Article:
# A Who can help evaluate this integral?

1. Oct 10, 2016

### Staff: Mentor

I would like to evaluate the following integral: $$\int_0^{\phi}\frac{\sec^2{\theta}d\theta}{(\sec{\theta} + \tan{\theta})^{V/v}}$$Is there anyone out there who can help? I've tried integral tables, Abramowitz and Stegun, and various substitutions, but with no success.

2. Oct 10, 2016

### Staff: Mentor

Playing with Wolfram always yields a denominator $(\sin (\frac{\theta}{2}) + \cos (\frac{\theta}{2}))^n$ and a nominator $f(\sin \theta , \cos \theta)$ depending on $\frac{V}{v}$. Is there additional information on $V/v$?

I don't know whether this helps, but it might be a hint.
I first thought $\int \sec \theta d \theta = \ln |\sec \theta + \tan \theta|$ could help, but this resulted in a nasty expression like $\int \csc \theta \sec'(\theta) e^{-k \int \sec(\theta) d \theta} d \theta$.

[Please feel free to delete this post, if you prefer to keep your question on the "unanswered" list.]

Edit: $n$ and $y$ as power worked as well: http://www.wolframalpha.com/input/?i=f(x)=int((sec^2(x))/((sec+x+++tanx)^n))dx

3. Oct 11, 2016

### Staff: Mentor

This wolframalpha result is perfect. It is exactly what I was looking for. The terms in the denominator simplify to $\cos{\theta}$, so my definite integral becomes:$$\int_0^{\phi}\frac{\sec^2{\theta}d\theta}{(\sec{\theta} + \tan{\theta})^{r}}=\frac{1}{r^2-1}\left[r-\frac{(r\sec{\phi}+\tan{\phi})}{(\sec{\phi}+\tan{\phi})^r}\right]$$where r = V\v.

I differentiated the result to confirm that it is indeed correct. Thank you so much for your help. I still have no idea how to do the integration, but, oh well.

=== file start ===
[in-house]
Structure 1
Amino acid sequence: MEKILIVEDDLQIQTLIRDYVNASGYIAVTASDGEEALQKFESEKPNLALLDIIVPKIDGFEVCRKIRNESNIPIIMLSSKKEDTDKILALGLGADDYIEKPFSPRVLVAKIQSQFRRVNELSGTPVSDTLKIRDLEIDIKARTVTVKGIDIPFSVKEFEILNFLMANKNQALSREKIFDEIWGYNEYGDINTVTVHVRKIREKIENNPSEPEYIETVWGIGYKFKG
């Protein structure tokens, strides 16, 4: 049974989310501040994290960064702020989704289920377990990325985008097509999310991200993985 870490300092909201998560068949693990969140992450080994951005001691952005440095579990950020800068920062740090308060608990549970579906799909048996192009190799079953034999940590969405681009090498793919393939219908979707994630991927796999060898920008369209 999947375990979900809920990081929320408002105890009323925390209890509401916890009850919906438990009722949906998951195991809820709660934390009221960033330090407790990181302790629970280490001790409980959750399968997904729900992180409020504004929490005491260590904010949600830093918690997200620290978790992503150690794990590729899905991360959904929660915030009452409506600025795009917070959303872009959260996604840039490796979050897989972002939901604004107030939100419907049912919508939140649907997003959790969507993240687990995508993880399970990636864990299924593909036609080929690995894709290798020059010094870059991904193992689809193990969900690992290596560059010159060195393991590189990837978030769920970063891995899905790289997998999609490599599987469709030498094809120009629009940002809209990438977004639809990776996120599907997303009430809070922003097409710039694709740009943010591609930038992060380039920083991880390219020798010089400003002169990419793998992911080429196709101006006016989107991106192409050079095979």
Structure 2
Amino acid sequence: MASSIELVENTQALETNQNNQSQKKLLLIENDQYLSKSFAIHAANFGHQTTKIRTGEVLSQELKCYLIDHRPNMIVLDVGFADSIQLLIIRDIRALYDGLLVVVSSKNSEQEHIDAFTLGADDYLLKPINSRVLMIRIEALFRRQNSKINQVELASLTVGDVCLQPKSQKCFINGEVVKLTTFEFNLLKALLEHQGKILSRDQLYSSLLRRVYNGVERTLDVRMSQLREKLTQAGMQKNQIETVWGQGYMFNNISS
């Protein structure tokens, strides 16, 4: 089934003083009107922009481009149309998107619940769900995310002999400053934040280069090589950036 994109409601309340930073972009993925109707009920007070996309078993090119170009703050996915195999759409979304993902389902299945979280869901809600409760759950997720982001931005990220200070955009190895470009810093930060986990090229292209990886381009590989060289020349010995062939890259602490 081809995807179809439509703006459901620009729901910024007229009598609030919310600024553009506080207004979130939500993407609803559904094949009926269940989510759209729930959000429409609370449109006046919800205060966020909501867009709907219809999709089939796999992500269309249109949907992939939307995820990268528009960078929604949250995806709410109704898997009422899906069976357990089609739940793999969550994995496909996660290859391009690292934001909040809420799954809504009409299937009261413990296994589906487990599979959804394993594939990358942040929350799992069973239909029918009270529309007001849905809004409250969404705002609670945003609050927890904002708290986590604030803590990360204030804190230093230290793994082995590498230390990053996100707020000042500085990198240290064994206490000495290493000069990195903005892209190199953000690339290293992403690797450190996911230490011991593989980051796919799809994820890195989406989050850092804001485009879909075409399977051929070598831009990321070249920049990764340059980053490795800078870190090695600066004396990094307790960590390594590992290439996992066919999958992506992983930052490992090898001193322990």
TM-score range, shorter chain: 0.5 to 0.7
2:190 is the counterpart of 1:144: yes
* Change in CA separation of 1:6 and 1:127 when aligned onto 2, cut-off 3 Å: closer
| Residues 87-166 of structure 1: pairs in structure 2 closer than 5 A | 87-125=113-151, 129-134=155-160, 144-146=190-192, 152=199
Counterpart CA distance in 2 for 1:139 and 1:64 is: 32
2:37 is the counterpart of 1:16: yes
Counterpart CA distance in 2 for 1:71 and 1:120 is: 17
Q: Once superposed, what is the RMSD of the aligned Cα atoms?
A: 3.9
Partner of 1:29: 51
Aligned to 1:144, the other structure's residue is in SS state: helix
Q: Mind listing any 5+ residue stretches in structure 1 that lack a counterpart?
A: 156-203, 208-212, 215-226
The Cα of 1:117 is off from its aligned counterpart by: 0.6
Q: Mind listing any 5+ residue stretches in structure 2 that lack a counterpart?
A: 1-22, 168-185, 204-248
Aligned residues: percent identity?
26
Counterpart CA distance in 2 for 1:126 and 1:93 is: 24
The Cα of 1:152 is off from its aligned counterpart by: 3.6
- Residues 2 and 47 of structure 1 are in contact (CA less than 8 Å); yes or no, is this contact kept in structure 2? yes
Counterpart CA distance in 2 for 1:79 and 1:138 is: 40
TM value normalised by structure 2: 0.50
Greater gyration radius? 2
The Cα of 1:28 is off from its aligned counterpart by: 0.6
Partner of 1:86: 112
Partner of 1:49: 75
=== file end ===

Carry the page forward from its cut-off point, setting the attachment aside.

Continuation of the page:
Chet

Last edited: Oct 11, 2016
4. Oct 11, 2016

### Staff: Mentor

This formula is far more beautiful than those wolframalpha output. Even the formula collection on Wikipedia with some dozens of trig integrals hasn't it.

5. Oct 12, 2016

### Staff: Mentor

I figured out a method of doing the integration. It makes use of the following two identities:
$$\sec{\theta}=\frac{1}{2}(\sec{\theta}+\tan{\theta})+\frac{1}{2}(\sec{\theta}-\tan{\theta})\tag{1}$$
$$\sec^2{\theta}-\tan^2{\theta}=1$$
or, equivalently,
$$(\sec{\theta}-\tan{\theta})=(\sec{\theta}+\tan{\theta})^{-1}\tag{2}$$
So, in the integral,
$$\sec^2{\theta}=\sec{\theta}\left[\frac{1}{2}(\sec{\theta}+\tan{\theta})+\frac{1}{2}(\sec{\theta}-\tan{\theta})\right]=\frac{1}{2}(\sec^2{\theta}+\sec{\theta}\tan{\theta})+\frac{1}{2}(\sec^2{\theta}-\sec{\theta}\tan{\theta})$$
If we substitute this into the integral, we obtain:$$\int{\frac{\sec^2{\theta}d\theta}{(\sec{\theta} + \tan{\theta})^{r}}}=\frac{1}{2}\int{\frac{(\sec^2{\theta}+\sec{\theta}\tan{\theta})d\theta }{(\sec{\theta} + \tan{\theta})^{r}}}+\frac{1}{2}\int{\frac{(\sec^2{\theta}-\sec{\theta}\tan{\theta})d\theta }{(\sec{\theta} + \tan{\theta})^{r}}}$$But, if we substitute Eqn. 2 into the 2nd integral, we obtain:
$$\int{\frac{\sec^2{\theta}d\theta}{(\sec{\theta} + \tan{\theta})^{r}}}=\frac{1}{2}\int{\frac{(\sec^2{\theta}+\sec{\theta}\tan{\theta})d\theta }{(\sec{\theta} + \tan{\theta})^{r}}}+\frac{1}{2}\int{\frac{(\sec^2{\theta}-\sec{\theta}\tan{\theta})d\theta }{(\sec{\theta} - \tan{\theta})^{-r}}}$$Both integrands are exact differentials, and thus we immediately obtain:
$$\int{\frac{\sec^2{\theta}d\theta}{(\sec{\theta} + \tan{\theta})^{r}}}=\frac{1}{2}\left(\frac{(\sec{\theta} + \tan{\theta})^{1-r}}{(1-r)}+\frac{(\sec{\theta} - \tan{\theta})^{r+1}}{(r+1)}\right)+C$$Again making use of Eqn. 2 and rearranging yields:
$$\int{\frac{\sec^2{\theta}d\theta}{(\sec{\theta} + \tan{\theta})^{r}}}=\frac{1}{2}\left(\frac{(\sec{\theta} + \tan{\theta})}{(1-r)(\sec{\theta} + \tan{\theta})^r}+\frac{(\sec{\theta} - \tan{\theta})}{(1+r)(\sec{\theta} + \tan{\theta})^r}\right)+C$$